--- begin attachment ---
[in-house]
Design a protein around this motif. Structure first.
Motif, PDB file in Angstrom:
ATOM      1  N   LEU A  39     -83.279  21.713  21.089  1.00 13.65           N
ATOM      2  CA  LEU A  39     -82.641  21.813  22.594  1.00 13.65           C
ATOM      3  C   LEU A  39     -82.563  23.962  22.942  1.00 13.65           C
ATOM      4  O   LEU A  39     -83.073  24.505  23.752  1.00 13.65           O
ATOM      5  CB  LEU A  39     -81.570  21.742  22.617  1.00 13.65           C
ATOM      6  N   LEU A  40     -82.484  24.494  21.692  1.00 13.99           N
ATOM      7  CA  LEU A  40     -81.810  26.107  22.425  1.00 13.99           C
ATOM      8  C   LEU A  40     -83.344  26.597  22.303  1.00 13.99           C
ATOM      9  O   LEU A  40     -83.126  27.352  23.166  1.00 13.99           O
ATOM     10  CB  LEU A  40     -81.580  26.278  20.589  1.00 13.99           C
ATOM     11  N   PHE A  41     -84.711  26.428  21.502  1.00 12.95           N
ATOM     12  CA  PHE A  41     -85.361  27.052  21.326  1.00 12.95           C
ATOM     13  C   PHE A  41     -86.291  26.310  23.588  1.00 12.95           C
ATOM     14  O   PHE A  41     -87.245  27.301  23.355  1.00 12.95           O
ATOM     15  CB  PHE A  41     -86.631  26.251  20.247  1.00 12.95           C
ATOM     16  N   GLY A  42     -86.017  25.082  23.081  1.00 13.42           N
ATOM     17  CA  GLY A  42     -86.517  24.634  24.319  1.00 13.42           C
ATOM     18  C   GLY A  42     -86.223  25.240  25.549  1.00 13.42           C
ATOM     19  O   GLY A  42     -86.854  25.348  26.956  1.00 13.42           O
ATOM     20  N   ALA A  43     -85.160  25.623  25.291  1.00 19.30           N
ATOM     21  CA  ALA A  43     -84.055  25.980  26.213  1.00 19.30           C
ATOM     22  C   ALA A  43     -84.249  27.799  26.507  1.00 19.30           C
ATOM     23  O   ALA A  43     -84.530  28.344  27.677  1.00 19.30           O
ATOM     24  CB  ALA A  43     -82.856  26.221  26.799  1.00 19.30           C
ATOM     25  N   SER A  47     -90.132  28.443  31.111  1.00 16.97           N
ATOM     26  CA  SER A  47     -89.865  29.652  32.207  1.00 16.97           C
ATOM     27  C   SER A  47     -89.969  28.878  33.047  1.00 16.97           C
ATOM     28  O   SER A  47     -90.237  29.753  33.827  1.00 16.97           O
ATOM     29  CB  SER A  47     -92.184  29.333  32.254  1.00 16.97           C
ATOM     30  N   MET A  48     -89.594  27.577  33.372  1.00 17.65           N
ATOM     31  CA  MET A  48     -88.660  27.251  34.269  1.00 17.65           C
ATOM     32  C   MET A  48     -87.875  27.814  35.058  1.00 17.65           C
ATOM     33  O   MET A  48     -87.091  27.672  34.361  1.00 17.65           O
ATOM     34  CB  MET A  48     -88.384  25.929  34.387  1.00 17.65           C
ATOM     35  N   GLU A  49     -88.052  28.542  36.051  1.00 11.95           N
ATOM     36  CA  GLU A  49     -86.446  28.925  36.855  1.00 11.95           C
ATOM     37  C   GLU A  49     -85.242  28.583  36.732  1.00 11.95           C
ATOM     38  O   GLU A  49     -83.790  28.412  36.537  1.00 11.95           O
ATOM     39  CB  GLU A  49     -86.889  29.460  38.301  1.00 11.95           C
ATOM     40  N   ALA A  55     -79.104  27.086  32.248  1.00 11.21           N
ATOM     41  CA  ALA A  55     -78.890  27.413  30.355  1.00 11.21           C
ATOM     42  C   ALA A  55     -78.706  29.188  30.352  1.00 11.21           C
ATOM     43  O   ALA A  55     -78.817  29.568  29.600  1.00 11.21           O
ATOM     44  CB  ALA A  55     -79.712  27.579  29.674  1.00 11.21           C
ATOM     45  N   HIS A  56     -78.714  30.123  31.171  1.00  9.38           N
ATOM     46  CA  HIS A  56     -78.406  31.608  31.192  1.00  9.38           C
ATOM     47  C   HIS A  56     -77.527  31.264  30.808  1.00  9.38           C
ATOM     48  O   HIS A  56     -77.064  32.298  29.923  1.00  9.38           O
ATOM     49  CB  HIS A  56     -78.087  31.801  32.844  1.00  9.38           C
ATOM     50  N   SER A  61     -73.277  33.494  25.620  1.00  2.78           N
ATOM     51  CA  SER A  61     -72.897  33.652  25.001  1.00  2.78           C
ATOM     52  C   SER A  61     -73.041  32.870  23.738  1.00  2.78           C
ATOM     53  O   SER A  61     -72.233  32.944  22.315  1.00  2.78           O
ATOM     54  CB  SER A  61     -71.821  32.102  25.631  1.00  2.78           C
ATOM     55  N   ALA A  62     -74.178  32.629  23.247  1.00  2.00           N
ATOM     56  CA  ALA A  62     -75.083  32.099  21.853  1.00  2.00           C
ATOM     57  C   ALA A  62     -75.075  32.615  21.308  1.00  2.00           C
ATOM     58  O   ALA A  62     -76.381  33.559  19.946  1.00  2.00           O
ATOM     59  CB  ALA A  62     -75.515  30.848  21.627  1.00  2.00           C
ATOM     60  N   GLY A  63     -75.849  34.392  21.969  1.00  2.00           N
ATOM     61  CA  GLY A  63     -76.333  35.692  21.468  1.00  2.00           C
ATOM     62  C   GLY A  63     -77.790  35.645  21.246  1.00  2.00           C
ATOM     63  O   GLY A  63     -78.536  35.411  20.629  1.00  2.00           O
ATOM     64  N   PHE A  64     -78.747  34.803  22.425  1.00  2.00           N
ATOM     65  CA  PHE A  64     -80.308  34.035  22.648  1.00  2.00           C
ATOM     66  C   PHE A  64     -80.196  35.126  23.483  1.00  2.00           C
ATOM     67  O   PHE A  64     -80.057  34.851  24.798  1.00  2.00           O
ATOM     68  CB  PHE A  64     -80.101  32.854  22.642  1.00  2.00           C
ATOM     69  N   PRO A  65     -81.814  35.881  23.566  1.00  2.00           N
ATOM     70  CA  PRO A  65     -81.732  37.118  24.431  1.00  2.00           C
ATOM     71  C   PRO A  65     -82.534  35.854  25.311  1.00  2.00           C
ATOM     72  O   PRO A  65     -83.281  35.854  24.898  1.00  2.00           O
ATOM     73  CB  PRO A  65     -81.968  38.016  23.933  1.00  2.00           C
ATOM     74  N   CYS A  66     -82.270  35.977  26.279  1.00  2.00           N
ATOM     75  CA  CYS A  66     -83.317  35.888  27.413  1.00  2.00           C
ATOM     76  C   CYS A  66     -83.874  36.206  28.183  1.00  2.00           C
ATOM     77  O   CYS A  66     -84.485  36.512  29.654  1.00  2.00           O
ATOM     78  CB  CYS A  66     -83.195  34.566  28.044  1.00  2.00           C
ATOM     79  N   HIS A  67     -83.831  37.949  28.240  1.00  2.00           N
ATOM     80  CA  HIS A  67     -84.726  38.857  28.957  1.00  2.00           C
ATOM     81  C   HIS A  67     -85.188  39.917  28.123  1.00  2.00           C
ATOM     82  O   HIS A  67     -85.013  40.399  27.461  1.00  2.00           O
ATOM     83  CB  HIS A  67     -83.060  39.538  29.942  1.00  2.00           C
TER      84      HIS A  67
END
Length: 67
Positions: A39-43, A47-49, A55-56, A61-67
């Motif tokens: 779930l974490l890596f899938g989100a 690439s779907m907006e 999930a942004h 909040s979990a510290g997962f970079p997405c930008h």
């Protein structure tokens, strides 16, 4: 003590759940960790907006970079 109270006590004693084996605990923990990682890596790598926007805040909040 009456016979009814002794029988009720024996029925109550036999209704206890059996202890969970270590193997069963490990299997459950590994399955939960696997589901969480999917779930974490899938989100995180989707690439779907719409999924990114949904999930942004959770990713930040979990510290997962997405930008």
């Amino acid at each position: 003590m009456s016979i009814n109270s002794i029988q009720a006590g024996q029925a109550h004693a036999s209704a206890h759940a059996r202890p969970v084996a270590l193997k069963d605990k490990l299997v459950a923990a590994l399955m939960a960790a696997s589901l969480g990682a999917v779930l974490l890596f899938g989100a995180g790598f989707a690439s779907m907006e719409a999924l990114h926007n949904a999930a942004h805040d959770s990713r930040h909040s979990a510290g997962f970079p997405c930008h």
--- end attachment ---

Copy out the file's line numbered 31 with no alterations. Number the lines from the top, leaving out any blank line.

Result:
ATOM     28  O   SER A  47     -90.237  29.753  33.827  1.00 16.97           O